Posted by on June 27, 2013 in Blog
By Yisser Bittar
Government Relations and Advocacy Assistant at the Syrian American Council
On June 14, Jeffrey Wright wrote on the AAI blog that it is a mistake for President Obama to provide defensive arms to vetted elements of the Syrian opposition. Wright asserted that the move would further militarize the Syria conflict, would place the US in the regional "Sunni camp," and represented a "capitulation to advocates of intervention in Washington." As a Syrian American who has been working for over a year in DC to raise support for the Syrian Revolution, including military support to pro-democracy rebels, I would like to take this opportunity to respond.
The Syrian Revolution began as a peaceful revolution that, as it still does despite the militarization, had at its core a demand for democracy encompassing all sects and ethnicities of Syria. It also has had the support of Syrian Americans of various religious and political identities, many of whom maintain close ties to friends and family in Syria and who have followed their lead since the very beginning. When over a million Syrians were marching in the streets and the peaceful removal of Bashar el-Assad seemed possible, Syrian Americans held hundreds of rallies, fundraisers, and even "flash mobs" across the country to show solidarity and raise awareness.
Several Syrian American organizations later adopted the demand for military support of the opposition by establishing a no-fly zone to reduce the violence, safe zones and humanitarian corridors to enable delivery of aid and rebuilding, or providing strategic defensive arms to rebel fighters who pledge to abide by democratic principles. Again, this was in response to calls from the ground. After months of merciless crackdowns by Assad that made clear his determination to crush the protests, the Free Syrian Army stepped up operations to defend protesters, make strategic advances, and overthrow Assad. As early as October 2011, when the Free Syrian Army had only loose affiliations and scattered attacks to its name, thousands of protesters across Syria marched in support of a no-fly zone. These pro-democracy protesters in Deraa, Homs, Idlib, Damascus and Qamishli were the original advocates for intervention in Syria, not politicians from either party in Washington.
Yet calls for military aid from Syrians and Syrian Americans did not result in such action. While the world watched, Assad escalated his crackdown on the opposition unabated – from live ammunition, to artillery, to airstrikes, Scud missiles and yes, chemical weapons. This crackdown has led to a humanitarian crisis that is sadly approaching comparison with the tragedy in Darfur. With over 90,000 people killed and over 5 million displaced, the Assad regime's ongoing crackdown ranks among the worst atrocities in modern Arab history.
In spite of the destruction, I am inspired by the ability of Syrians to persevere in their struggle for a democracy that recognizes all its citizens. When I visited the village of Kafranbel this March, the regime appeared to be actively stoking sectarian tensions, by bombarding mainly-Sunni Kafranbel from the neighboring Shiite village of Fo'a. Residents of Kafranbel responded to these efforts by arranging a truce with residents of Fo'a, and Kafranfel protesters still firmly rejected the sectarian narrative, chanting "We want a civil state" and "We are one people."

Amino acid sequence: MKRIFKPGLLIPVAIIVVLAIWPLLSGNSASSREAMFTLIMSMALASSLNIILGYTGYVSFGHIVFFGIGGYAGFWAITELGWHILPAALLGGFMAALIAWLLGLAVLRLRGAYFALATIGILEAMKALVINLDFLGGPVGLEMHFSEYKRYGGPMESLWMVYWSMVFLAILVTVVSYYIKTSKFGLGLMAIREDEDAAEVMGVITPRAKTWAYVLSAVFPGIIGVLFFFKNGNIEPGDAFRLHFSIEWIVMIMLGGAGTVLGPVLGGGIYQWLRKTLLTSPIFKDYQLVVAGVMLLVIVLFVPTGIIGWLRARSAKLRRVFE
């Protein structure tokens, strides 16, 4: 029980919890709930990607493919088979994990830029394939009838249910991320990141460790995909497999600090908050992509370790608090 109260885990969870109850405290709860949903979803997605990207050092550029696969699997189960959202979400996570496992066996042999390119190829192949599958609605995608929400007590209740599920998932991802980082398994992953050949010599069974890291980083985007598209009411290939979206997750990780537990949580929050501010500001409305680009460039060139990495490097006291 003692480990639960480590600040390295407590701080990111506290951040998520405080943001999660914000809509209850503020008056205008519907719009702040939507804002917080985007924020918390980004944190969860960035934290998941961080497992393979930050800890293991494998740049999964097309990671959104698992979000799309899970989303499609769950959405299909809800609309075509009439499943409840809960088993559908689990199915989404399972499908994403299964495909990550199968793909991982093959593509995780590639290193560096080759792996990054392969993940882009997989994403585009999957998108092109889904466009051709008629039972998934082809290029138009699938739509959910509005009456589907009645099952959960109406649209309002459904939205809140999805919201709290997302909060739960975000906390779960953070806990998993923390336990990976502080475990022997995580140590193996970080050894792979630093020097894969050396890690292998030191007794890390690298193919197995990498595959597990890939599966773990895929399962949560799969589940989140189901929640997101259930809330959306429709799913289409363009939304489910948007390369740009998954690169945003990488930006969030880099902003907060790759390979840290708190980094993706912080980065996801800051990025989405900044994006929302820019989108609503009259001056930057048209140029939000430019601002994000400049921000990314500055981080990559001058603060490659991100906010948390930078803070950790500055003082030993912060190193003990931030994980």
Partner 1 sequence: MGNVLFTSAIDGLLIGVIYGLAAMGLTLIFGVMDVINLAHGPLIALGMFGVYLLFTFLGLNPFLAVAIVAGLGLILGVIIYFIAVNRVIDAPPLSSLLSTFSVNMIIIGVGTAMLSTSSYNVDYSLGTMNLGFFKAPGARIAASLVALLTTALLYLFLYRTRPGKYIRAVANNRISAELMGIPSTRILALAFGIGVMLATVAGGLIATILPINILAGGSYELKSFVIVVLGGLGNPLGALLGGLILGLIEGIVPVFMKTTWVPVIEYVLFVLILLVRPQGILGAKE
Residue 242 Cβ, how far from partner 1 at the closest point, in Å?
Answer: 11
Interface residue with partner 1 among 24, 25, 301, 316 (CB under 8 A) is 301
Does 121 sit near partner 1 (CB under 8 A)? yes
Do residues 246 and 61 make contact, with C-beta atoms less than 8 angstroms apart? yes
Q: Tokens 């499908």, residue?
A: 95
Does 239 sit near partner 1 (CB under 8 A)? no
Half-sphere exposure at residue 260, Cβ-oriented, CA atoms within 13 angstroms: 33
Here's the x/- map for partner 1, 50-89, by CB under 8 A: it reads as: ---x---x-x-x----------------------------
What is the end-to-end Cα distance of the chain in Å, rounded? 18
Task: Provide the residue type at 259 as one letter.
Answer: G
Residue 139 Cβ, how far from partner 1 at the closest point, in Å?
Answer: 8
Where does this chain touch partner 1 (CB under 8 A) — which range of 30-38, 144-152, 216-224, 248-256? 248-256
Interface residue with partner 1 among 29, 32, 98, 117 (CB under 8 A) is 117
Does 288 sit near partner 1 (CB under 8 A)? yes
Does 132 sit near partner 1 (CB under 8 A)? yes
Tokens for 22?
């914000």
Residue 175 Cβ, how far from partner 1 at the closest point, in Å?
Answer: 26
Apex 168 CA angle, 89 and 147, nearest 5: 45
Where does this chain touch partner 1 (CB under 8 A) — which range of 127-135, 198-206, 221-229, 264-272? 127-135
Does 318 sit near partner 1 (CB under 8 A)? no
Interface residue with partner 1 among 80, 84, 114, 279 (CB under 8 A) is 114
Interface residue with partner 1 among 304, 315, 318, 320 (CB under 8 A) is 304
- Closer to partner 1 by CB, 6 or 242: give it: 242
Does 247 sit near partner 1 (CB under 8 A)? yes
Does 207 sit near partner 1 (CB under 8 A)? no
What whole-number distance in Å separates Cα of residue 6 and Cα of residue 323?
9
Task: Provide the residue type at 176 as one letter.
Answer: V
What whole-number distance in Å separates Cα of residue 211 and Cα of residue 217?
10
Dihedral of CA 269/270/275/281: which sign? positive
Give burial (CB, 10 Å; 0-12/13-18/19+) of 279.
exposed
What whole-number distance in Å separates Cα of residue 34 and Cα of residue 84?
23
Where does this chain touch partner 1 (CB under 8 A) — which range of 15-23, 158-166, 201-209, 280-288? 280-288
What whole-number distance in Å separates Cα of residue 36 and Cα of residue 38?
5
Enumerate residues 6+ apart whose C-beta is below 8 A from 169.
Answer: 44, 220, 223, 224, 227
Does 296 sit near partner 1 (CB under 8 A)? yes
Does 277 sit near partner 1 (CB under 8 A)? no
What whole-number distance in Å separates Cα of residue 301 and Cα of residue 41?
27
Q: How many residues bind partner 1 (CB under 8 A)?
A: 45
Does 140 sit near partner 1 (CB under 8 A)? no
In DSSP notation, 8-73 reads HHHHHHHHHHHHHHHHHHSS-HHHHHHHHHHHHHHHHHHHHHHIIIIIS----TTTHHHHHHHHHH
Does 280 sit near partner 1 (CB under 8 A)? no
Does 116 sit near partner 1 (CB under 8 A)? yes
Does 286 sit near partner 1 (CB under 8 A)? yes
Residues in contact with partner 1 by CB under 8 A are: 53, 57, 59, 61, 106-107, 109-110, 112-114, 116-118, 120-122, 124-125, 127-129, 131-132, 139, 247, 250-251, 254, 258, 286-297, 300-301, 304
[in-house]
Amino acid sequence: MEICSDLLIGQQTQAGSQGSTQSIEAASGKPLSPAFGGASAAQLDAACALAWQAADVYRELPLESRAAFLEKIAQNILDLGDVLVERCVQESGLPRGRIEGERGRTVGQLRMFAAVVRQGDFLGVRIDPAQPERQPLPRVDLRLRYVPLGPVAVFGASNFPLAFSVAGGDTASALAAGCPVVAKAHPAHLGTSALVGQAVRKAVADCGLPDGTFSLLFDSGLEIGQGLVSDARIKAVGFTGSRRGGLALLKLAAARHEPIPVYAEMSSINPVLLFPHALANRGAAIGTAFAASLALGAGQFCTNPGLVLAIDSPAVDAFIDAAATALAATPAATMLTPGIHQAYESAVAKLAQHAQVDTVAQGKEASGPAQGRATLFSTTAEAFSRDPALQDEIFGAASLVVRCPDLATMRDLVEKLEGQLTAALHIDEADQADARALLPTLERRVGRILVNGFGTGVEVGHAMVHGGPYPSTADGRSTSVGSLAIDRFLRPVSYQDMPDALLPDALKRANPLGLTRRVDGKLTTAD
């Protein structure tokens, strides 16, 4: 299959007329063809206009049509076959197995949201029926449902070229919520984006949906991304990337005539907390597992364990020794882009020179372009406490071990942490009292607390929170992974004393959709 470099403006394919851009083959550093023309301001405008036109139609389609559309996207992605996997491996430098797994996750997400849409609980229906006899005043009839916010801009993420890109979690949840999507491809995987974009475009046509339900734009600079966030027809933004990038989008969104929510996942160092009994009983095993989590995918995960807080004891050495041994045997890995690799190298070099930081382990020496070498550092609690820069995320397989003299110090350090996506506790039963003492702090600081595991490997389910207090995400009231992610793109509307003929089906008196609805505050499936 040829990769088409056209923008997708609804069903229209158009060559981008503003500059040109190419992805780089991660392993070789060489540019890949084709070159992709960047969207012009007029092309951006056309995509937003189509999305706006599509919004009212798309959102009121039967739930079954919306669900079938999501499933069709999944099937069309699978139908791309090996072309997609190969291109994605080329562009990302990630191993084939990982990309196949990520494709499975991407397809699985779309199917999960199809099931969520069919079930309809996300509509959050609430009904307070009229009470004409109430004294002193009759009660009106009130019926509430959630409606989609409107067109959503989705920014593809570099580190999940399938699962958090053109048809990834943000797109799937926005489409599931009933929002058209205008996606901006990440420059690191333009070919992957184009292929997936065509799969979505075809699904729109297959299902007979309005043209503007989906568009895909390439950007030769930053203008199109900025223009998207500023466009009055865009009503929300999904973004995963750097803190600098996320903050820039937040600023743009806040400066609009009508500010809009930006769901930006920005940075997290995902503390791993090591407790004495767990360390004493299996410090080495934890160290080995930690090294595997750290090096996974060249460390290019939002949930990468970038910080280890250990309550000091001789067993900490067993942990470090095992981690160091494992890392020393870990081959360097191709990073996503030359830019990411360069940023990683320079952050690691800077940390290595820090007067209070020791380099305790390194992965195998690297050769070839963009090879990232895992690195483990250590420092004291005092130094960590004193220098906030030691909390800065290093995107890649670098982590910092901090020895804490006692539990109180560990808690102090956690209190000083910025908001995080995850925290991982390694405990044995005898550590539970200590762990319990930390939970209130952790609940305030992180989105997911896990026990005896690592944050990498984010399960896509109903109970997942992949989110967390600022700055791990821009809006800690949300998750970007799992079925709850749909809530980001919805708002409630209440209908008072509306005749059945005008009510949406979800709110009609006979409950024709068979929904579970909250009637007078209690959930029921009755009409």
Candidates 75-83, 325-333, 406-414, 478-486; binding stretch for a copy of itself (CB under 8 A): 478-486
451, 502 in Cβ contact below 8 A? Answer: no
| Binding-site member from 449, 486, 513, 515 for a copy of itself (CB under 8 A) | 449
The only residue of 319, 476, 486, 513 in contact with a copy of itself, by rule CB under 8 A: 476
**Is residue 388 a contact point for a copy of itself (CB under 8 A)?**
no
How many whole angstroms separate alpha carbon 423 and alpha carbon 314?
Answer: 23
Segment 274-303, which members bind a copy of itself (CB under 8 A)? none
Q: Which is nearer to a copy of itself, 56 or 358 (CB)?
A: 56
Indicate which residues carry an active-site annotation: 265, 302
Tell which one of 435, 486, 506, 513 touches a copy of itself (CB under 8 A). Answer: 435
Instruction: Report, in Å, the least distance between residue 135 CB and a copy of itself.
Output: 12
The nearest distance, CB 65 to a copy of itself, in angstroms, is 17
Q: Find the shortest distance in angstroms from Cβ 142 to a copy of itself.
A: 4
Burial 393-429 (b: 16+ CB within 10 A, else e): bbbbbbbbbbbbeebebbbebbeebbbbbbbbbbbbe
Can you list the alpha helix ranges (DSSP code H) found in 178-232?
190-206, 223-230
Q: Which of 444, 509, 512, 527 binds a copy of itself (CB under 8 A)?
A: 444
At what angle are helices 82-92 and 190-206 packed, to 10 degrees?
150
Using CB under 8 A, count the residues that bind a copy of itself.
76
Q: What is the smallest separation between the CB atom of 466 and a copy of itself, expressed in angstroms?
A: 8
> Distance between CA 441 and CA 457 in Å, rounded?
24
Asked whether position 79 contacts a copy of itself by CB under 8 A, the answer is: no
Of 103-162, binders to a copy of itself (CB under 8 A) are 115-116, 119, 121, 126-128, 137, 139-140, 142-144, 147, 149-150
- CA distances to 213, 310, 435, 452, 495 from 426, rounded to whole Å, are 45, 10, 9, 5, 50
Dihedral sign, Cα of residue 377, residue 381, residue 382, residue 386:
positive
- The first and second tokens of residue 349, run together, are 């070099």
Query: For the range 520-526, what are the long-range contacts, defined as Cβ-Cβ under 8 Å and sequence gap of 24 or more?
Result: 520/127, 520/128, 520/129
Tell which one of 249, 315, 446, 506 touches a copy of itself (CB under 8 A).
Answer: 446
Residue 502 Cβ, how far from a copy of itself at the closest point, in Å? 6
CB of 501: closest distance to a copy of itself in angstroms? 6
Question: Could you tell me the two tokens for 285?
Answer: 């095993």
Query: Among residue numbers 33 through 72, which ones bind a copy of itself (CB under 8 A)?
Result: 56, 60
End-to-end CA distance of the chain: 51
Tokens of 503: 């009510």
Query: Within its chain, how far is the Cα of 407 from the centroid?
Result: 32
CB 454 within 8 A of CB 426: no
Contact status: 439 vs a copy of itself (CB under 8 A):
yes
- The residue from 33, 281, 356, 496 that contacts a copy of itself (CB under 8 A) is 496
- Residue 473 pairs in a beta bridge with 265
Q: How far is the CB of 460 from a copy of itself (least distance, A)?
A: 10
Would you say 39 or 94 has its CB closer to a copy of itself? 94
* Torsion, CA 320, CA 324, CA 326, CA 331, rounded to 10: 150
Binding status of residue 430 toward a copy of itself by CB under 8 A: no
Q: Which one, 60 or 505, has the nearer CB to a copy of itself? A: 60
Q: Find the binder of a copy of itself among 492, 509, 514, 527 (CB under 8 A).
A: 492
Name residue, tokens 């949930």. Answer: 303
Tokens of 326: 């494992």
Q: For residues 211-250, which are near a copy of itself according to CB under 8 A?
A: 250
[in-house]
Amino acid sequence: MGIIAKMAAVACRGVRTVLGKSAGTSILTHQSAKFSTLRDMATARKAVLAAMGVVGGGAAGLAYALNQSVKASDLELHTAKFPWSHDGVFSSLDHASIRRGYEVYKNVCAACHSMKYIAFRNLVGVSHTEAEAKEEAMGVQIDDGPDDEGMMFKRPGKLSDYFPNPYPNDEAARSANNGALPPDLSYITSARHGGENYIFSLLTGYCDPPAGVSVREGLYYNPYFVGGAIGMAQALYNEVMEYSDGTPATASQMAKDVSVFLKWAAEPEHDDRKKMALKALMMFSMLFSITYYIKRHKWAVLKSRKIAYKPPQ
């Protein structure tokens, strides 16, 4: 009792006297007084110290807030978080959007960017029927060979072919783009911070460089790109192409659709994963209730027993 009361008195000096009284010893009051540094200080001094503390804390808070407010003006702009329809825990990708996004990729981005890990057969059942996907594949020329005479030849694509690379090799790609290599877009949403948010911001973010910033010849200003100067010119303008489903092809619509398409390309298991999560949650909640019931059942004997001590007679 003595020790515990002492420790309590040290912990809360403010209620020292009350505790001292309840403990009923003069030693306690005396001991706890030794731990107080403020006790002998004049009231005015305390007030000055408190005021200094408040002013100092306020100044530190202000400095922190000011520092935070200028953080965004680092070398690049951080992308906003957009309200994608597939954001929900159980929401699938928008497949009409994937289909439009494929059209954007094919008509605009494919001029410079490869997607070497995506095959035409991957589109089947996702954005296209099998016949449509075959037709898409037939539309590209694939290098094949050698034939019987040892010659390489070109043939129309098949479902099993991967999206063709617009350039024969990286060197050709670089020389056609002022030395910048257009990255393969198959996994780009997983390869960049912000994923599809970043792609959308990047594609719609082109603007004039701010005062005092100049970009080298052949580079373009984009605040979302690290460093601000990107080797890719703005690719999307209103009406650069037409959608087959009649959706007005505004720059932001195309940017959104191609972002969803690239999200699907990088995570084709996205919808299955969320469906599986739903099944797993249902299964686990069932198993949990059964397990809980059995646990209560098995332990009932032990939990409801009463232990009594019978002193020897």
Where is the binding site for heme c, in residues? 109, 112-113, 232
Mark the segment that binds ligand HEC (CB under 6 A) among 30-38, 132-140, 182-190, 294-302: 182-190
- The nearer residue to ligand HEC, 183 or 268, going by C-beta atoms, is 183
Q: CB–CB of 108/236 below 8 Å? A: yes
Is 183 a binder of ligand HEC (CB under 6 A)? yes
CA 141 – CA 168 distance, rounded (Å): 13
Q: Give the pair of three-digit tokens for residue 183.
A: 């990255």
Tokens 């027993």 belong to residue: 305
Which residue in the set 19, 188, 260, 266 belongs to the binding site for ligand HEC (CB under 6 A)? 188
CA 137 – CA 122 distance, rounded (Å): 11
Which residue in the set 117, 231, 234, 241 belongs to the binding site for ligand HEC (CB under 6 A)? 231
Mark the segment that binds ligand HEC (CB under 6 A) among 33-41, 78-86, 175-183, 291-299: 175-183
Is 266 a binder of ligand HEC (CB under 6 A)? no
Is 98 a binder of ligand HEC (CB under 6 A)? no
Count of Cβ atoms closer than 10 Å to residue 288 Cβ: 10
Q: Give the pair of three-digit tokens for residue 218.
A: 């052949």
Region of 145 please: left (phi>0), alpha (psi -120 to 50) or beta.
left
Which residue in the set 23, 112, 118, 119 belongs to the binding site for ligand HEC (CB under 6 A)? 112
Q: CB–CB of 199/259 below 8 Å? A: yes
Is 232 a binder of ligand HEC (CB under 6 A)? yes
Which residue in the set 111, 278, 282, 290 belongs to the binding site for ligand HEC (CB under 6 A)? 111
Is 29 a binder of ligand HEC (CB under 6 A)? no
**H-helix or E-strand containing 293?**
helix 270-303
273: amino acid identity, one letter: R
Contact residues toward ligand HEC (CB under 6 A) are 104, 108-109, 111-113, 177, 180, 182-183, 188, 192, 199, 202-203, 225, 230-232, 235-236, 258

In January, I also had a chance to meet with one of the leading Sunni imams in Homs, who described extensive efforts by religious leaders to ensure a pluralistic post-Assad Syria. Syrian religious leaders are developing programs to deter revenge attacks, promote transitional justice, and build support for the rule of law. They continued their efforts even as Hezbollah, with Assad's blessing, was increasing its presence outside Homs--an increase that, we now know, recently contributed to the fall of Qusair and now threatens to cause much more instability and destruction.
The best way to avoid sectarian war in Syria is to empower the Syrian people, who are forming civilian structures to resist sectarian impulses despite the best efforts of the Assad regime. While one might think that providing arms to any party in Syria would hurt civilian governance, the course of the Syrian Revolution suggests otherwise. In July 2012, the Free Syrian Army took control of most of Aleppo Province, repelling regime advances with rocket-propelled grenades. They promptly transferred much of their power to the Aleppo Revolutionary Transitional Council, which recently administered elections, the closest that a Syrian provincial government has come to democracy since 1963.
If we wish to see such democratic structures develop elsewhere in Syria and set the stage for a true national participatory democracy, expanded military support to the Free Syrian Army is necessary. The Free Syrian Army grew out of a popular protest movement; its senior leaders have all signed a Proclamation of Principles supporting democracy and minority rights; and it has established democratic structures in areas it controls. President Obama's recent decision to provide light arms to the Free Syrian Army is therefore quite welcome among Syrian Americans. This decision, if implemented strategically and decisively, will create the balance on the ground that is necessary to compel the Assad regime to enter into earnest transitional negotiations. Coming twenty months after Syria's pro-democracy movement first asked for military aid, we can only hope it is not too little, too late, to accomplish these goals.
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